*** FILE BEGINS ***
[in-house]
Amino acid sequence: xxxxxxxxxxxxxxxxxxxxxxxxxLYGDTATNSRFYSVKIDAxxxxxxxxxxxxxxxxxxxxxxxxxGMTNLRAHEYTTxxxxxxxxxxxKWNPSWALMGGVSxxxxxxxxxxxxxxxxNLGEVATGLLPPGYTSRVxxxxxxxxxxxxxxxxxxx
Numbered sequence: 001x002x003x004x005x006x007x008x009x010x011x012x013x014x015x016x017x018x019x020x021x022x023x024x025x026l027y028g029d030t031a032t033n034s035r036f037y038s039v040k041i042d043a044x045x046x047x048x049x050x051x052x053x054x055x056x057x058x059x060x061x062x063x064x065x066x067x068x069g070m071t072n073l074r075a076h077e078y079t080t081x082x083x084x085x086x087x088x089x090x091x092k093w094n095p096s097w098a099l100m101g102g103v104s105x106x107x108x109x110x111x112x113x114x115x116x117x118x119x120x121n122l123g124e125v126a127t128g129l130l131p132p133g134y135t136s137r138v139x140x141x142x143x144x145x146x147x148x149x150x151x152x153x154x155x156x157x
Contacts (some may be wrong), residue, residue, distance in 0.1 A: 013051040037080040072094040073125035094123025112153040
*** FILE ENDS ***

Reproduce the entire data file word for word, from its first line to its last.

[in-house]
Amino acid sequence: xxxxxxxxxxxxxxxxxxxxxxxxxLYGDTATNSRFYSVKIDAxxxxxxxxxxxxxxxxxxxxxxxxxGMTNLRAHEYTTxxxxxxxxxxxKWNPSWALMGGVSxxxxxxxxxxxxxxxxNLGEVATGLLPPGYTSRVxxxxxxxxxxxxxxxxxxx
Numbered sequence: 001x002x003x004x005x006x007x008x009x010x011x012x013x014x015x016x017x018x019x020x021x022x023x024x025x026l027y028g029d030t031a032t033n034s035r036f037y038s039v040k041i042d043a044x045x046x047x048x049x050x051x052x053x054x055x056x057x058x059x060x061x062x063x064x065x066x067x068x069g070m071t072n073l074r075a076h077e078y079t080t081x082x083x084x085x086x087x088x089x090x091x092k093w094n095p096s097w098a099l100m101g102g103v104s105x106x107x108x109x110x111x112x113x114x115x116x117x118x119x120x121n122l123g124e125v126a127t128g129l130l131p132p133g134y135t136s137r138v139x140x141x142x143x144x145x146x147x148x149x150x151x152x153x154x155x156x157x
Contacts (some may be wrong), residue, residue, distance in 0.1 A: 013051040037080040072094040073125035094123025112153040